The new report by the EDB provides a comprehensive analysis of the challenges and prospects for low-carbon transition in Eurasia, covering EAEU countries, Tajikistan, and Uzbekistan. The analysis includes regulatory and sectoral solutions for climate change adaptation, taking into account the global climate agenda at the UN level, as well as the successful experiences from the EU and ASEAN. It also focuses on the role of international development institutions and sustainable finance in the region’s low-carbon transition.
The green transformation has become a long-term global trend that shapes the socio-economic prospects of countries worldwide, including those in Eurasia. The green agenda encompasses comprehensive measures to adapt to climate change and stimulate reductions in greenhouse gas emissions, with the ultimate goal of achieving carbon neutrality in a phased manner while maintaining the pace of economic development.
Neglecting climate challenges and delaying low-carbon transition leads to significant costs, including higher infrastructure adaptation expenses, and a lower quality of life. Embracing the green transformation brings positive effects, such as the opportunity to modernise industries, energy, and transport, enhance the competitiveness of goods and services, and create high-productivity jobs.
The world is progressing towards green, low-carbon development, and Eurasian countries are no exception. However, it is evident that there is a long way to go. According to the EDB analysts’ calculations, the region’s population-weighted average carbon dioxide emissions in 2021 totalled 9.9 tonnes per capita, nearly twice the global average (4.7). Among the countries in the region, Kazakhstan (14.4) and Russia (12.1) exhibit the highest population-weighted average carbon dioxide emissions in tonnes per capita per year. Kyrgyzstan (1.4) and Tajikistan (1.1) demonstrate the lowest values within the region due to their substantial reliance on hydropower in their energy mix.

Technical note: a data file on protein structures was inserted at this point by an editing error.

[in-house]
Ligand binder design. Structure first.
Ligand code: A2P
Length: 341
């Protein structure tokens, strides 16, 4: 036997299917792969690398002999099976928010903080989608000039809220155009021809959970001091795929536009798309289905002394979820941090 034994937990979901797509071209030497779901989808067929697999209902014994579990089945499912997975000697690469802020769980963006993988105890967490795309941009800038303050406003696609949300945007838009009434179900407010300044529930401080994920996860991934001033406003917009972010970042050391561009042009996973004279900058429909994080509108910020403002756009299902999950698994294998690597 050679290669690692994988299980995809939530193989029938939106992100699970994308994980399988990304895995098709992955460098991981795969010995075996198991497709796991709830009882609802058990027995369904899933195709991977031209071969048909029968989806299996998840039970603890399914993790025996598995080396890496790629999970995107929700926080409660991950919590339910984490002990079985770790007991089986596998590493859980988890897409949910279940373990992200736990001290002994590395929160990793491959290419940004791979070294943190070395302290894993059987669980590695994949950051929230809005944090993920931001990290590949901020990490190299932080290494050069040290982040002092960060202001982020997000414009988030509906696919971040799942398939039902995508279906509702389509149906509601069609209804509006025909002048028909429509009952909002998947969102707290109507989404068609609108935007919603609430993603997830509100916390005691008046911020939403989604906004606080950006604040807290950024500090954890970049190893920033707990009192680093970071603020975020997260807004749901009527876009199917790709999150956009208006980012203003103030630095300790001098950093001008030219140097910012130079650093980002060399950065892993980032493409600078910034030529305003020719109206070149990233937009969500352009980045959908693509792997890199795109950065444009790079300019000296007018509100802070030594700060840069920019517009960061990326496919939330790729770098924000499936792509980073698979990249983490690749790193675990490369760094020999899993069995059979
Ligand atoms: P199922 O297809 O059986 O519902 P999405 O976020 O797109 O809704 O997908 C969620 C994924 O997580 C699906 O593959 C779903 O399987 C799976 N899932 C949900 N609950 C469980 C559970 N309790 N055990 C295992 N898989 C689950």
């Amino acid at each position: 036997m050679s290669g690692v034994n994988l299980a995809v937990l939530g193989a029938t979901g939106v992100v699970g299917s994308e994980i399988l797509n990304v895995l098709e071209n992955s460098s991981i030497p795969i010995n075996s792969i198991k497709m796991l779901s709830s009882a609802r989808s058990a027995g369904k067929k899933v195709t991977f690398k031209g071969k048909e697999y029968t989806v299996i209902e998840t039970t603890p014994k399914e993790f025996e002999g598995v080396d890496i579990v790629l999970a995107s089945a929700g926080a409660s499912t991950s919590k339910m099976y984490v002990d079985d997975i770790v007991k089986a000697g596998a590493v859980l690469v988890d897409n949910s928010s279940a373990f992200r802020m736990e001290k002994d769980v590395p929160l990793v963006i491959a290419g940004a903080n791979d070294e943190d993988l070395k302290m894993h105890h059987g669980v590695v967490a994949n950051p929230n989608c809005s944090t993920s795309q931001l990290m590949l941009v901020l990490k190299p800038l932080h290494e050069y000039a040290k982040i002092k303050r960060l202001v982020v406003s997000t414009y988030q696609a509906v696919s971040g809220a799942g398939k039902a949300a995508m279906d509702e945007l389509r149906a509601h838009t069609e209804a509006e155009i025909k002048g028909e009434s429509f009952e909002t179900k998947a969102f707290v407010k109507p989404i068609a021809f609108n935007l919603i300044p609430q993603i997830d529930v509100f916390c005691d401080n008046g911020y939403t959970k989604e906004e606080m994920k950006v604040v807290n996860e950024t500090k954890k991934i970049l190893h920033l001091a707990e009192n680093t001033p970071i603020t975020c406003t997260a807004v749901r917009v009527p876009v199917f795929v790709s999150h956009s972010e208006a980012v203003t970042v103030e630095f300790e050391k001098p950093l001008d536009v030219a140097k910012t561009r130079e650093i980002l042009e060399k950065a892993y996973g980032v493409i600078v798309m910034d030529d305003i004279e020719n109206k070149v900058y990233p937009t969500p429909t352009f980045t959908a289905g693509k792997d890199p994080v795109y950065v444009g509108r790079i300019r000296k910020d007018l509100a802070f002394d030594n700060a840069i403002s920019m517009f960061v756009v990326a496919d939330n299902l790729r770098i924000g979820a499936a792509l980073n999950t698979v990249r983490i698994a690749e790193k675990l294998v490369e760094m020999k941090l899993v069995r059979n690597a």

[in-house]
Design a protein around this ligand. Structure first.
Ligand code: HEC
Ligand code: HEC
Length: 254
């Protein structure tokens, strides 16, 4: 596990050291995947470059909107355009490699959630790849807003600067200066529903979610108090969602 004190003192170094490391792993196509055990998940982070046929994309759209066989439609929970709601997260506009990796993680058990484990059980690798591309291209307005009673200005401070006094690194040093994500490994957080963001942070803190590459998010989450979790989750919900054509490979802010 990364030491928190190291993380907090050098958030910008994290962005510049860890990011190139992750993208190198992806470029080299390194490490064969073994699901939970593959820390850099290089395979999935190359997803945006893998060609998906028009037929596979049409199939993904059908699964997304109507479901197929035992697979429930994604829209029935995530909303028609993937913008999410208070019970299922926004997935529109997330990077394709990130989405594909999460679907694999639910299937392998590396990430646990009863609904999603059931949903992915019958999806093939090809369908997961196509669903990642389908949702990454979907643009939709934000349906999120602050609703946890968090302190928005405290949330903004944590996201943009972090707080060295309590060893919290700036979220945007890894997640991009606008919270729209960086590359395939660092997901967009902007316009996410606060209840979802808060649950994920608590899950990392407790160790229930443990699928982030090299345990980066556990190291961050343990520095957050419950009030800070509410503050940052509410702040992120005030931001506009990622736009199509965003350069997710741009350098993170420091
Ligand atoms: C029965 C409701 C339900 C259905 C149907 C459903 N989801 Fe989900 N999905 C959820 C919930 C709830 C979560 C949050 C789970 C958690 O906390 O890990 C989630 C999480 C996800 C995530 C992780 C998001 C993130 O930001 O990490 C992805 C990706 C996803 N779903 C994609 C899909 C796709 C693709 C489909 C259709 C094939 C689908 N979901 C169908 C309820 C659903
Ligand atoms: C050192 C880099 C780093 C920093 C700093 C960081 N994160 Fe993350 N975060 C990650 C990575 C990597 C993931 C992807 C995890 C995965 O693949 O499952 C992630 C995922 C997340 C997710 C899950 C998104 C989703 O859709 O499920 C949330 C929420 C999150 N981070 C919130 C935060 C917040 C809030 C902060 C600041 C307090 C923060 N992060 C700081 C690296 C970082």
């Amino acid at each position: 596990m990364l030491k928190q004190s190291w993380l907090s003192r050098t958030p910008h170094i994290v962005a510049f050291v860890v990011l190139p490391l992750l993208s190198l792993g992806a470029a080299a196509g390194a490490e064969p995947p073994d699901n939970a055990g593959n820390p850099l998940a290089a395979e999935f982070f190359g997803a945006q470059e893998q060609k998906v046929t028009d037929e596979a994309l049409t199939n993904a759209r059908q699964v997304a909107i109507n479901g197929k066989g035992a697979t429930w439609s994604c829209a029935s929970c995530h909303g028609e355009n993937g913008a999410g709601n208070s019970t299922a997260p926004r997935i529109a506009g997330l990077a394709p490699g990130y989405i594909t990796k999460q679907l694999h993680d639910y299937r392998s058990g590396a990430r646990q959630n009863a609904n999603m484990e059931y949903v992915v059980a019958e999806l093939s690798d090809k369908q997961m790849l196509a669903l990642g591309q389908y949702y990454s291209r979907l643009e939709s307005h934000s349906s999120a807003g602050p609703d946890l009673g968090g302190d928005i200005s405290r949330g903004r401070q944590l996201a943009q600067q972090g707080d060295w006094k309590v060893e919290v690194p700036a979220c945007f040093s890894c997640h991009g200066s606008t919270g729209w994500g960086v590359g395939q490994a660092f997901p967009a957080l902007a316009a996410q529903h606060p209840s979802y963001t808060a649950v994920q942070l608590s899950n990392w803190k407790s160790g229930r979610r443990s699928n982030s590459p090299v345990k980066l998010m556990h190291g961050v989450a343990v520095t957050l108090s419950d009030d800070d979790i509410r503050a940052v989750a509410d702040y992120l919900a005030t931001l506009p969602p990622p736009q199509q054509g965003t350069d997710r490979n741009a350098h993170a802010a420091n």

The Eurasian region’s contribution to global carbon dioxide emissions is substantial, surpassing its relative weight in the global economy. In 2021, it accounted for 6% of global emissions, while its share of world GDP stood at 3.9% and of the global population at 2.9%. Russia stands as the primary net emitter of carbon dioxide, responsible for 4.7% of global emissions. Coal-fired power generation continues to play a significant role in the region's overall greenhouse gas emissions.
Carbon dioxide emissions per capita in Eurasian countries in 2021, tonnes per capita per year
Evgeny Vinokurov, Chief Economist at the EDB, highlights Eurasia’s four pain points that need to be addressed in the first place: energy, transport, industry, and the urban environment. The immense water and energy potential of Kyrgyzstan, Russia, and Tajikistan make hydropower the cornerstone of green transformation in these countries. Nuclear power, which is included in the taxonomy of green projects in most countries, plays a vital role in the energy transition. The electrification of railways, including those within the Eurasian Transport Network, presents an opportunity for the entire region to reduce its carbon footprint, including from international container transit, and serves as a foundation for the advancement of green mobility. In addition, the region’s countries are taking comprehensive measures to encourage the use of electric vehicles and develop the necessary infrastructure. However, achieving ambitious climate targets will remain challenging without a phased reduction of coal usage as a fuel source.